Less than 24 hours after one of their most dispiriting losses of the season, these were the set of facts facing the Toronto Raptors on a frigid Saturday night in Milwaukee:
• Their starting centre, Khem Birch was back home in Toronto after getting his nose broken early in the Raptors’ Friday night loss to the lowly Detroit Pistons.
•Their starting forward, the gifted rookie Scottie Barnes, was ruled out at game time as he deals with persistent tendonitis in his knee.
•Their starting shooting guard, Gary Trent Jr., missed his third straight game with a sore ankle, but hey, when you can roll out sideline fits like this game after game, why rush back?
• Oh, and Giannis Antetokounmpo, who has muscled his into consideration for his third MVP award, was going to play for the first time against Toronto after missing them in their last two meetings, not coincidentally both Raptors wins
The Raptors’ six-game winning streak suddenly seemed like a month ago. Now here they were were, an already depth-challenged team already 0-1 on a five-game road trip with no soft spots coming and short three starters.
If you thought this was vibe the Raptors were planning to leave behind as they made the turn toward the second half of the season, well, the Raptors were hoping for the same thing. That they don’t seem to be had them getting a bit philosophical about the whole thing.
“I feel like we’ve backed into a little snow and our wheels are spinning a little bit,” Raptors head coach Nick Nurse said before the game. “Every time we make a little progress we get back in that little wheel spin. It’s a test, definitely, it just goes to show you it’s a continual, prolonged fight you end up in, in this league and as soon as you click off five or six wins in a row like we did and you got your guys healthy and you think, ‘Hey, we’re making some progress here,’ you get thumped pretty hard and you lose two or three guys and you’re back kinda scrambling to see if you can piece something together to get through the next game. …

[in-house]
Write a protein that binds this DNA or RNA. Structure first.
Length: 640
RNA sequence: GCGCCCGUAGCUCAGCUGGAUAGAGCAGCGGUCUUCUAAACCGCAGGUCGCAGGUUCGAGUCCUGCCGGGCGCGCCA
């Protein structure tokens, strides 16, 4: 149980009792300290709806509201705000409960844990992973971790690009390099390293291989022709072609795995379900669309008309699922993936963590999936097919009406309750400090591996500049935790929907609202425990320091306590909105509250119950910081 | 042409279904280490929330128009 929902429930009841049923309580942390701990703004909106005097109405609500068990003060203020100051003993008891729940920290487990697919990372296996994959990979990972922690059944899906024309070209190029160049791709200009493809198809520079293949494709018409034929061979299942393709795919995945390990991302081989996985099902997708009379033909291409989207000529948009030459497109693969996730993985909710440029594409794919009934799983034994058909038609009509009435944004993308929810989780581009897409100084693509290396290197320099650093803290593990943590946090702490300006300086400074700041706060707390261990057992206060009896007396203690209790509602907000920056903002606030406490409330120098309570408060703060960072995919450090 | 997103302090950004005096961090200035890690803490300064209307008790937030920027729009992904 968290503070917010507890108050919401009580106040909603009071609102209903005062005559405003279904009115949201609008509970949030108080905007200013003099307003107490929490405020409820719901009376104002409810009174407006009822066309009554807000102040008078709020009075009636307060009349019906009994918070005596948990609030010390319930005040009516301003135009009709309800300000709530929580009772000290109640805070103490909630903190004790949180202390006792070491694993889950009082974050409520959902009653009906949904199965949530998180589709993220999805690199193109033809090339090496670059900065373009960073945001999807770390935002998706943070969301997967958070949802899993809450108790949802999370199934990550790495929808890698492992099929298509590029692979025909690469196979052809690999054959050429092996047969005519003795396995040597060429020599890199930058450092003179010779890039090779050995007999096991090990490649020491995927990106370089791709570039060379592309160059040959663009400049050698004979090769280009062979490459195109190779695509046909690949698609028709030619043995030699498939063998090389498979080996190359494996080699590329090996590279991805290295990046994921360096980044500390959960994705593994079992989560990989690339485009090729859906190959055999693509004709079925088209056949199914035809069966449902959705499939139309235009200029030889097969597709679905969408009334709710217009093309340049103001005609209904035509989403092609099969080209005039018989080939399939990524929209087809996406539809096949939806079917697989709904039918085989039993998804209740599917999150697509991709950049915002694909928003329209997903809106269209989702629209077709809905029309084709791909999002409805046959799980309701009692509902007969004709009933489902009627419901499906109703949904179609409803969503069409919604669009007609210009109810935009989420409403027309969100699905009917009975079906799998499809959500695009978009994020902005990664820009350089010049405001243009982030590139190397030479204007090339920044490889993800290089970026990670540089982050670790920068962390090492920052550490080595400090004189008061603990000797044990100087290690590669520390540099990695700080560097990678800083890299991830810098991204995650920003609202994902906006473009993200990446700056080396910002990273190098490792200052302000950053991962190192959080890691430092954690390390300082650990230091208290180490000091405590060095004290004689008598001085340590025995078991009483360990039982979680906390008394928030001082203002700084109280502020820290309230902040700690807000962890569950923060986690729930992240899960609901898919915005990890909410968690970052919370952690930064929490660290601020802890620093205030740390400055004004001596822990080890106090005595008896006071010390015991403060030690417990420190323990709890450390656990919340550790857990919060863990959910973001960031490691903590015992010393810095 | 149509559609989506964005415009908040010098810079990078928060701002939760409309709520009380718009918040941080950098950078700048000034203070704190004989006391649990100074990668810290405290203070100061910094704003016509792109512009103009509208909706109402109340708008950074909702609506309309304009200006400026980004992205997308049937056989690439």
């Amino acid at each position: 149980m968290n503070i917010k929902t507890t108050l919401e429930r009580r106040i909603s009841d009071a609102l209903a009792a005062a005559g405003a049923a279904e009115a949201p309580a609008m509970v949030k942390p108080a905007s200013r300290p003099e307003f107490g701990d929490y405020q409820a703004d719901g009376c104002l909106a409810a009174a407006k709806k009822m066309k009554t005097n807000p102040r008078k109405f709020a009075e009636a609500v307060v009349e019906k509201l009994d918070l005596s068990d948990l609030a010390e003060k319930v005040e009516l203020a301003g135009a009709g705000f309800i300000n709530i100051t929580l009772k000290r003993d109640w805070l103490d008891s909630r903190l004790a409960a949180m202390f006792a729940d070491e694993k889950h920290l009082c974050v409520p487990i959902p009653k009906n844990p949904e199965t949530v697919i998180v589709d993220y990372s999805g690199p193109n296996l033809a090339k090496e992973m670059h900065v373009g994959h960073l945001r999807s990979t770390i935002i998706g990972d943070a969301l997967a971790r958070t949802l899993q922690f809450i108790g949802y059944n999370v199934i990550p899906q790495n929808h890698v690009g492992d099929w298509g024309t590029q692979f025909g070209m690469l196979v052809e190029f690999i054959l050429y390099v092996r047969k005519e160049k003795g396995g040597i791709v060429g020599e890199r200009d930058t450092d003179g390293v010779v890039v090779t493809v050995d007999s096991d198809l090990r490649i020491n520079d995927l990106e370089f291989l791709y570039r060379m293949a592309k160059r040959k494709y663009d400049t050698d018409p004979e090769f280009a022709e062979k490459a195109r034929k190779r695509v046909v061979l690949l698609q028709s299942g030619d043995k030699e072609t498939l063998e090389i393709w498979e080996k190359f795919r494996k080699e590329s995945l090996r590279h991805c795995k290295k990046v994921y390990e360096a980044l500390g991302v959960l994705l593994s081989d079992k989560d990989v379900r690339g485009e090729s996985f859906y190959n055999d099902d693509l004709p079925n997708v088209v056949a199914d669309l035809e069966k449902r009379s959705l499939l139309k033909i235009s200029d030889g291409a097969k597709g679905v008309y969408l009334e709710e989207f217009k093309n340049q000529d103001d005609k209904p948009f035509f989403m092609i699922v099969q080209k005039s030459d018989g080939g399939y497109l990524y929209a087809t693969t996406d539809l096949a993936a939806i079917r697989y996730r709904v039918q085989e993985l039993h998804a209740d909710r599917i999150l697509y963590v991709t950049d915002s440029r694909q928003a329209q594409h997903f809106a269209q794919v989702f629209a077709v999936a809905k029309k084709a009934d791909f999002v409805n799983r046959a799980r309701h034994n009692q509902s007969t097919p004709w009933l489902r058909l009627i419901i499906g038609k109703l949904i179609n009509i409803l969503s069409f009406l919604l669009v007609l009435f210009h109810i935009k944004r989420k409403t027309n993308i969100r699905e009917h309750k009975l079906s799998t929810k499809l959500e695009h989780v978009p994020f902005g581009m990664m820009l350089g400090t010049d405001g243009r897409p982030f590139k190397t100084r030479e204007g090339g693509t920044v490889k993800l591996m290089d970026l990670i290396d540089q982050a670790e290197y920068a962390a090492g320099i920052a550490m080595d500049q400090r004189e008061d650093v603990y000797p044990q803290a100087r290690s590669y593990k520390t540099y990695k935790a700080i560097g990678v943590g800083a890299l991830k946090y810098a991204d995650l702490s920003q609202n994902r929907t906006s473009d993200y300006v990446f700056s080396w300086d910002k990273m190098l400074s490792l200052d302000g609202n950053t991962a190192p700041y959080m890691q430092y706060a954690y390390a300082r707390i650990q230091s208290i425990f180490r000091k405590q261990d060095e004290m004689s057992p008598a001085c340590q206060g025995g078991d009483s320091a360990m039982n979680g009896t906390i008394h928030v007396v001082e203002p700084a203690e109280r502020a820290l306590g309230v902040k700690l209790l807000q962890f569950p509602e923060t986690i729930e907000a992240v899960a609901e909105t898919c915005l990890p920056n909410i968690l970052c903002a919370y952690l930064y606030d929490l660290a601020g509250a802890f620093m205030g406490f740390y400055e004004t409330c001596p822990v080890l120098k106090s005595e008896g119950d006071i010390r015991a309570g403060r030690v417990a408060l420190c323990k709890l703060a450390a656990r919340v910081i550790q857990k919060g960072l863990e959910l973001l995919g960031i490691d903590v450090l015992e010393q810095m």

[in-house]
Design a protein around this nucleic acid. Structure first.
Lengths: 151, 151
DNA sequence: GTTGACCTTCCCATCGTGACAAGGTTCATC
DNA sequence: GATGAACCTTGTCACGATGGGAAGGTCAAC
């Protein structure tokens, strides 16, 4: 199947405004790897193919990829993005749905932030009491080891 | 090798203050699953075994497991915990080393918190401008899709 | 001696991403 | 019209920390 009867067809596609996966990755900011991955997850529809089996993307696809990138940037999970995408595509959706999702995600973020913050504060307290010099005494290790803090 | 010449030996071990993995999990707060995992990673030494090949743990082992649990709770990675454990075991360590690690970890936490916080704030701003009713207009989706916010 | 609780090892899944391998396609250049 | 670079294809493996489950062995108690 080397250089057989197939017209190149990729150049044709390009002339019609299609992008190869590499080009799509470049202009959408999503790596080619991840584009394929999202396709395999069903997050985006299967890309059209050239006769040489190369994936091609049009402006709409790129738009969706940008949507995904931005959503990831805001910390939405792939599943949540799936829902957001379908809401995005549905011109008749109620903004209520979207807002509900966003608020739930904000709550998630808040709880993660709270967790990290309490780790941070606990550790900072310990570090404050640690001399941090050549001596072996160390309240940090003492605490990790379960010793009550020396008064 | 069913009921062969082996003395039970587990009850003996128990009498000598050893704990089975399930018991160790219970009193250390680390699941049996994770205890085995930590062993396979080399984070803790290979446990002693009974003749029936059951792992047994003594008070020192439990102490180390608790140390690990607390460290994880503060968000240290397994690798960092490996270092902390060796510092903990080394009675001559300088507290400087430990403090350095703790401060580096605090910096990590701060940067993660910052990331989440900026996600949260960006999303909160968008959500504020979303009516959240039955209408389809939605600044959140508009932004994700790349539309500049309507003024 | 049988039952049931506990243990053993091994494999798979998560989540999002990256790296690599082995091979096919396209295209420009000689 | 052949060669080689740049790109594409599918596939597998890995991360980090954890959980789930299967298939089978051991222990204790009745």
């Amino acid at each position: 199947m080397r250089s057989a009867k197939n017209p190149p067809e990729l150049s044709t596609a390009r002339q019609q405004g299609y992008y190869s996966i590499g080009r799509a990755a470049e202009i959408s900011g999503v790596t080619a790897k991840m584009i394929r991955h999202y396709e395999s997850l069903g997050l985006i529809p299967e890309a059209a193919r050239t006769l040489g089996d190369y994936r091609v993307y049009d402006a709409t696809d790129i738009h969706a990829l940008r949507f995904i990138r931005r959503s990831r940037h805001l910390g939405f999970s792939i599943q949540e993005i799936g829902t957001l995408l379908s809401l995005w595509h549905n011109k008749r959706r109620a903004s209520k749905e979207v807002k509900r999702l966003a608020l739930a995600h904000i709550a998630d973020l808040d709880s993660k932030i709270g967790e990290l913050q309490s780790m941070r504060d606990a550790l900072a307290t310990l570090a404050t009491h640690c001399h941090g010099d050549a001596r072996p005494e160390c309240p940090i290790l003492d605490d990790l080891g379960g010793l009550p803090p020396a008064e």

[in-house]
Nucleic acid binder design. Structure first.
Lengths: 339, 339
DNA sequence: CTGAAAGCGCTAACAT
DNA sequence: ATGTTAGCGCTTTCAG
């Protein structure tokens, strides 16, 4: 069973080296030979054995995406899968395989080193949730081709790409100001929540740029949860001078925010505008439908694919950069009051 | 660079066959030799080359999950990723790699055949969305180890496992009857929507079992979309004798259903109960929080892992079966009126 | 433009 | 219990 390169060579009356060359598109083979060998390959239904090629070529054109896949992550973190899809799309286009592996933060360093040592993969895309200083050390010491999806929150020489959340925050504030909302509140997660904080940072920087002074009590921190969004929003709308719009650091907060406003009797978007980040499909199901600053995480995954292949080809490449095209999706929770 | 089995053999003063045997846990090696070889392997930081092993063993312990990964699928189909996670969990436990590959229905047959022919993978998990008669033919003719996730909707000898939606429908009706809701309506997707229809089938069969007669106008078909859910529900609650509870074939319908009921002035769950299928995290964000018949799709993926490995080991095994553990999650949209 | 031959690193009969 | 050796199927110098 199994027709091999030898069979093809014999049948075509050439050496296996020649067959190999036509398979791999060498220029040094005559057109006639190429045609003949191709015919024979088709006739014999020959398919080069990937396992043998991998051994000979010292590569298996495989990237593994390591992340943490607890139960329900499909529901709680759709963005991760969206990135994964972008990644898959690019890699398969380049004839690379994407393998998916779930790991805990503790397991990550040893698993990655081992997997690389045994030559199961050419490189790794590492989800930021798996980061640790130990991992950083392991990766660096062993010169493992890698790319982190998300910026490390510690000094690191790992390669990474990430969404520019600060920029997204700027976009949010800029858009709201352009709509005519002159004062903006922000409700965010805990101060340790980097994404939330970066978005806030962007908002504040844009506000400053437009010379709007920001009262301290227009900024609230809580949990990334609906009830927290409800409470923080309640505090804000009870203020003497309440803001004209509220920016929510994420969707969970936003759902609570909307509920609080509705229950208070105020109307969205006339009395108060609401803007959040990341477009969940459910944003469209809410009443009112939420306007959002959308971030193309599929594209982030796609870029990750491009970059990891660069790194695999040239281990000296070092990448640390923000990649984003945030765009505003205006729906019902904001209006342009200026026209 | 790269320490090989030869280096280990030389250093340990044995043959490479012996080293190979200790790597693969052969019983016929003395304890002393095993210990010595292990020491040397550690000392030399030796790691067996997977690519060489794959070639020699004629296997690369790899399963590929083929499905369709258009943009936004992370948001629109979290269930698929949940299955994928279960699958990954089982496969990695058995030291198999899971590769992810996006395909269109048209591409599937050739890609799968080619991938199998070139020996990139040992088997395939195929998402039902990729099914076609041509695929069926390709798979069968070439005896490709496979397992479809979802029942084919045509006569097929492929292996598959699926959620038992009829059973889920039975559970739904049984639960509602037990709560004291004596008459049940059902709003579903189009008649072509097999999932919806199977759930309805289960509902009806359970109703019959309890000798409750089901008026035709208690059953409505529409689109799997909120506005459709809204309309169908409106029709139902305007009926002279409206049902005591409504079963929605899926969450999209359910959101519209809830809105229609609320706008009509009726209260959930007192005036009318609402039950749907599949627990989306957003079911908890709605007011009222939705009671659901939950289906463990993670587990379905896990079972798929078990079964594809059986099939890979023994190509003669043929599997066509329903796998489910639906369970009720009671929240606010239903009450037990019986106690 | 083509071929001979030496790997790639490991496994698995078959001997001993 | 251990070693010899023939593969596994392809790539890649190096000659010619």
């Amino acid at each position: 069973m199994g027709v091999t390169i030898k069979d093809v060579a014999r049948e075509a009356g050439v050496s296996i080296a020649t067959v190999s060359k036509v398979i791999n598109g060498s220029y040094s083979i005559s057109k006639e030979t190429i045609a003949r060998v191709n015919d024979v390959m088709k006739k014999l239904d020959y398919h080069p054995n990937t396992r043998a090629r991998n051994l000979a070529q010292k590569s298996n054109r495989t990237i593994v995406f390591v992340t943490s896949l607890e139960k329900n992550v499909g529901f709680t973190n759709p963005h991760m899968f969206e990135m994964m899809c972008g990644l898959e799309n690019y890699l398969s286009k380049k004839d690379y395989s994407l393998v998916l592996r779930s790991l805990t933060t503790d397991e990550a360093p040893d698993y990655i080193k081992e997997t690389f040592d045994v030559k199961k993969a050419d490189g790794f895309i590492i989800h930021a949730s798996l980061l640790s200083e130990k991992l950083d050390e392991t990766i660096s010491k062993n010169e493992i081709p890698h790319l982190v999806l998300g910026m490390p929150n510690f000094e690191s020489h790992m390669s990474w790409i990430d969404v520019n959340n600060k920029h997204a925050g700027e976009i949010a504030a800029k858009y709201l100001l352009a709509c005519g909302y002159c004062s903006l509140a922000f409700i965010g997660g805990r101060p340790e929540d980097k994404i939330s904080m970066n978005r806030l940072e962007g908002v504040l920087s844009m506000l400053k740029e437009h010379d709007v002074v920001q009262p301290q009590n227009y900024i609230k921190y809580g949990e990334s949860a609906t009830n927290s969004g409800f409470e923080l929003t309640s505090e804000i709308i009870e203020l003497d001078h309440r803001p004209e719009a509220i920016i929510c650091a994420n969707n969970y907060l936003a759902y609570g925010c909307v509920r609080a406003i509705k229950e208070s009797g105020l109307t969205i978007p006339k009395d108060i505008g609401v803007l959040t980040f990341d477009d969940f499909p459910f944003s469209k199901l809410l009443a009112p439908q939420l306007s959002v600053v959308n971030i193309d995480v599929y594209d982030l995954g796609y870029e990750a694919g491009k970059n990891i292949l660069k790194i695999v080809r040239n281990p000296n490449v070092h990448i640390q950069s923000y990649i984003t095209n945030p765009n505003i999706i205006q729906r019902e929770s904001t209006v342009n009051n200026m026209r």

“[It’s been] playing on my mind a lot in the last 12 hours or so and I’ve just come to the realization it’s what we’re in right now,” said Nurse. “We’re just in this and you gotta accept it as what it is and go out there and you never know what can happen and you gotta put a positive spin on it and go out there and fight when the ball goes up, see what you can do.”
What did the Raptors do?
On the heels of one of their most discouraging efforts of the season, the Raptors delivered what is likely their signature effort of the year as they dispatched the Bucks in a game they realistically had little chance of winning before it started as they served notice that they had no intention of being an easy out last night or perhaps at any point this season.